The telescopic 38 stem 36 allows the user to quickly adjust the height of the stem 36 for positioning various sized objects at different heights above the surface. To make the preferred telescopic embodiment, holes are fabricated in the upper stem 40 and the lower stem 42. A pushpin is inserted inside the diameter of the lower stem 42 until the pushpin head expands out of a hole in the lower stem 42. The upper stem 40 is slid over the lower stem 42 until the upper stem 40 hits the head of the pushpin. The pushpin head is compressed and the upper stem 40 is slid over the pushpin until the pushpin head expands out of a hole in the upper stem 40. To change the height of the stem 36, press in the pushpin and slide the upper stem 40 up or down the lower stem 42 until the pushpin head expands into a different hole in the upper stem 40.

Another embodiment illustrated in FIG. 16, further comprises a base 48 disposed below the flex member 52.

The base 48 and flex member 52 can be connected by using an attachment member such as a bolt. In this embodiment, the flex member 52 is a coil spring. The base 48 has a through hole in the center of the base 48. An attachment member such as a bolt is inserted through the base 48 until the head of the bolt rests against the underside of the base 48. At this point, the bolt is extending out the top of the base 48. The flex member 52 is then threaded onto the bolt and tightened to the base 48. The bolt has the same thread size as the inside diameter of the coil spring wire.

In this configuration, the end of the spring has natural threads created by the winding of the coil spring. The natural winding of the coil spring wire creates female threads on the inside diameter of the coil spring. This allows the bolt to naturally screw in to the inside diameter of the coil spring. A threaded fitting could also be fabricated to screw over the outside diameter of the coil spring. This would be another method for attaching the flex member 52 to the base 48

Another embodiment in FIG. 16 illustrates a base 48 that is weight-fillable 50 for stabilizing the base 48.

The weight-fillable 50 base 48, in one embodiment, is a blow molded base with a cap that can be opened and closed. To fill the weight-fillable 50 base 48, simply open the cap and pour water, sand, concrete, or any weighted material into the opening. Once filled, close the cap.

To operate this embodiment, the user hits objects off the plural ended pedestal 24. When objects are hit, the plural ended pedestal 24 and the stem 36 flex away from the impact element and then returns back into position. The impact element could be a bat, club, stick, or the like. The flexing motion of the plural ended pedestal 24 and the stem 36 take place because they are disposed above the flex member 52 and connected to the flex member 52. The weight-fillable 50 base 48 keeps the hitting device 20 from tipping over.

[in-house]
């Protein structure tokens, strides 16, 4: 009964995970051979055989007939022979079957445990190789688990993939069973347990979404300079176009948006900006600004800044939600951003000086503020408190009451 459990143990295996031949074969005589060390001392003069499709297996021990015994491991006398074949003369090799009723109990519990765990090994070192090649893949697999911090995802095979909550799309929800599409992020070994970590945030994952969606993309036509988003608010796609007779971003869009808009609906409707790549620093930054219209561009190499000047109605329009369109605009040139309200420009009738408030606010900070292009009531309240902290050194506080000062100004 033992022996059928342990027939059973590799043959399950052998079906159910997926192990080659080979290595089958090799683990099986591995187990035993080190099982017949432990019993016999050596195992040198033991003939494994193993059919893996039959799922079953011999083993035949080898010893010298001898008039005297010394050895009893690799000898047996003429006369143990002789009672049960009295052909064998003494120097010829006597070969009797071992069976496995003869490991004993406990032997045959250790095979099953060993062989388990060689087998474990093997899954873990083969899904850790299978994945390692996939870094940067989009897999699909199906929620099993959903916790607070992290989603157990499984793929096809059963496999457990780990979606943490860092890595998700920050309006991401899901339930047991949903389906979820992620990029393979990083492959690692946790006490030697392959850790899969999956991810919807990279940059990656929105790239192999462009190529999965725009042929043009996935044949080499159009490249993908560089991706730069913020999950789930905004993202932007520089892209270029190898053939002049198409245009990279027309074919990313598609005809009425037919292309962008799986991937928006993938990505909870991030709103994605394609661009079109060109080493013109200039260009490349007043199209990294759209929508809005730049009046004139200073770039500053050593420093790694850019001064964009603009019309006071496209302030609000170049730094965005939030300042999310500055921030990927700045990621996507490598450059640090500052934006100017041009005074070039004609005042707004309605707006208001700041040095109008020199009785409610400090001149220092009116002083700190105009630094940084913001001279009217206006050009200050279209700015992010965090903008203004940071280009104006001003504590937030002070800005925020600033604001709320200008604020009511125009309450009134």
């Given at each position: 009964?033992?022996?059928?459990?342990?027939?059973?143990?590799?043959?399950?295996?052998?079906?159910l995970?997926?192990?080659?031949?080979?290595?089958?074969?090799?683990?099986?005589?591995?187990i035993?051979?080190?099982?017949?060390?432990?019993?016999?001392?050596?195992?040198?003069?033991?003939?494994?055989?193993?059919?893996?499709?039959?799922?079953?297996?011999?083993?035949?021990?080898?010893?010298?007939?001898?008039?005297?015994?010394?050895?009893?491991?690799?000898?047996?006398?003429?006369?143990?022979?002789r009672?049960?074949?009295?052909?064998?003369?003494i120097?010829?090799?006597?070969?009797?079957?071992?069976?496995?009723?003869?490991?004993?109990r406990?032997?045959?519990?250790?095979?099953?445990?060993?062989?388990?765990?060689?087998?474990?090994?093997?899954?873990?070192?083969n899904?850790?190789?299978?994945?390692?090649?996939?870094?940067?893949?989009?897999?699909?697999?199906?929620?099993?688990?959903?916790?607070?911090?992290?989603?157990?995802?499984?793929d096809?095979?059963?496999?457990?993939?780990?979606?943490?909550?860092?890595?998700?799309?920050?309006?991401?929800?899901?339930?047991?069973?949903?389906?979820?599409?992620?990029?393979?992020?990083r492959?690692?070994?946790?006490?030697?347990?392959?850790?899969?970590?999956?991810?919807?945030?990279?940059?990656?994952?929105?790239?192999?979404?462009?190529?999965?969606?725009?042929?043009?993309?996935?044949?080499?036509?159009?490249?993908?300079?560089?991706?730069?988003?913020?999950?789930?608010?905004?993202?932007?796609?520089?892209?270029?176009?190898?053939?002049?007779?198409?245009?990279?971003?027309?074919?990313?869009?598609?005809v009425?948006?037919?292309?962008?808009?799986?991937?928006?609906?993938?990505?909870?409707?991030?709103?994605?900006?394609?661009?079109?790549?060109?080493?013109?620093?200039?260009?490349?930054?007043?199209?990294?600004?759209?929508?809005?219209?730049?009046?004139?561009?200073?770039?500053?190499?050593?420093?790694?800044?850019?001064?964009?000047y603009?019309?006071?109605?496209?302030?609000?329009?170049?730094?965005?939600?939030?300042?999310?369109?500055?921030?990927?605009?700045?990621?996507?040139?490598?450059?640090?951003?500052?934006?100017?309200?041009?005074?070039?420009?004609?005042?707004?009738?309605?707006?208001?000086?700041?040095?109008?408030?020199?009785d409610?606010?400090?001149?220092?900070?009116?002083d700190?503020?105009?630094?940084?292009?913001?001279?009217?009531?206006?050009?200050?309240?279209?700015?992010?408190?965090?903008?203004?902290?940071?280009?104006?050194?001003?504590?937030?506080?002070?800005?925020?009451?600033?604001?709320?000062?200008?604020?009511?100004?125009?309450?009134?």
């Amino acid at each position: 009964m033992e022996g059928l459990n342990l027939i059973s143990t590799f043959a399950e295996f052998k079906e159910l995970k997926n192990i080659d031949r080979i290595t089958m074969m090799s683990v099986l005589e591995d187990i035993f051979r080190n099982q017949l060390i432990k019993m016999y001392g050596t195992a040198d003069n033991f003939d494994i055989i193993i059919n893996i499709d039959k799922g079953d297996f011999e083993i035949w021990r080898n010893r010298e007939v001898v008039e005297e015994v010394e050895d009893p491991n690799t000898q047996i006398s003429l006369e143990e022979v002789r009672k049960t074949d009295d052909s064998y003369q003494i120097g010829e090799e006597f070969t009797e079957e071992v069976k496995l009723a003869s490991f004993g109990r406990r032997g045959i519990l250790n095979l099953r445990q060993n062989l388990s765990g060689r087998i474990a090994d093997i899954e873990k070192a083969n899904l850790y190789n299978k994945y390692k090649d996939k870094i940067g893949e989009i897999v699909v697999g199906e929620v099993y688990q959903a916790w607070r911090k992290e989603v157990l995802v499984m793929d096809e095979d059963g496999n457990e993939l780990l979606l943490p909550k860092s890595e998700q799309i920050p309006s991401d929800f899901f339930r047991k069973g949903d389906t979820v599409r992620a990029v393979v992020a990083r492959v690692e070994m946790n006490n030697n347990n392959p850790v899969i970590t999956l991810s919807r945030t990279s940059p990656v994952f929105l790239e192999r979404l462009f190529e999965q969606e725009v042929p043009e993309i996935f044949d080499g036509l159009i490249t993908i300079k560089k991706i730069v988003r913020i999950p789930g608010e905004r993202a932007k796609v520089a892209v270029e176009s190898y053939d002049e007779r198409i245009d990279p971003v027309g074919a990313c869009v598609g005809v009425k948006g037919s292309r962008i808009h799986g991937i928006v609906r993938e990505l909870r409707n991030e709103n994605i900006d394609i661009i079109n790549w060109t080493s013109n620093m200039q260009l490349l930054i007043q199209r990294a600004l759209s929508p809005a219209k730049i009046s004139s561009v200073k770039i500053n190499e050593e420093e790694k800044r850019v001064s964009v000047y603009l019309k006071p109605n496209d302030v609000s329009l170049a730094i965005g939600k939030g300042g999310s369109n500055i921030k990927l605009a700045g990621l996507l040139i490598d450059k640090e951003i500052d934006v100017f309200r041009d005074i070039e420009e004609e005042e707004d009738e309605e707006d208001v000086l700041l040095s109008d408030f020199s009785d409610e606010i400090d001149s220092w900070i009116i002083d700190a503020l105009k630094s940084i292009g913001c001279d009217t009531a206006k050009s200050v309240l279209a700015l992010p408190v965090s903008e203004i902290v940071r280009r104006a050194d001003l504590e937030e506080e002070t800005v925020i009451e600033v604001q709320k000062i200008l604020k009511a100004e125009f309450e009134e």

Another embodiment illustrated in FIG. 16 further comprises at least one location member 76 for positioning the single size pedestal 34 at various locations to the base 48.

In FIG. 16, the location member 76 is molded into the base 48 in one embodiment. In this embodiment, the user slides the outside diameter of the stem 36 into the inside diameter of the location member 76. The user can then hit objects from this location. To change object location, simply remove the stem 36 and place it in another location member 76 of the base 48.

In another embodiment the location member 76 is an approximate 12″ arm. In this embodiment, the user connects the proximal end 77 of the location member 76 to the stem 36 and the distal end 78 of the location member 76 to a pivot point on the base 48. In this configuration, the user hits objects from the hitting device 20 and then rotates the stem 36 to position the stem 36 in another position for hitting. The location member 76 changes positions by rotating around the base 48 similar to the way the hand on a clock rotates around the clock face.

FIGS. 9A-9B illustrate how to assemble one embodiment of a hitting device 20. To assemble the hitting device 20, provide a base 48 and dispose a flex member 52 above the base 48. Dispose a stem 36 above the flex member 52 and dispose a plural ended pedestal 24 above the stem 36.

FIGS. 13A-13b illustrate how to assemble one embodiment of a hitting device 20. To assemble the hitting device 20, provide a base 48 and dispose a flex member 52 above the base 48. Dispose a stem 36 above the flex member 52 and dispose a plural ended pedestal 24 above the stem 36 associate an object holder 56 with the plural ended pedestal 24 for removably attaching various sized objects to the plural ended pedestal 24.

FIG. 16 illustrates how to assemble one embodiment of a hitting device 20. To assemble the hitting device 20, provide a base 48 and dispose the flex member 52 above the base 48. Dispose a stem 36 above the flex member 52. Dispose a single size pedestal 34 above the stem 36 and associate an object holder 56 to the single size pedestal 34 for removably attaching objects.

SCOPE OF INVENTION

The present invention may be embodied in other specific forms without departing from its spirit or essential characteristics. The described embodiments are to be considered in all respects only as illustrative and not restrictive. Thus, the scope of the invention should be determined by the appended claims and their legal equivalents, rather than by the foregoing description. All changes which come within the meaning and range of equivalency of the claims are to be embraced within their scope.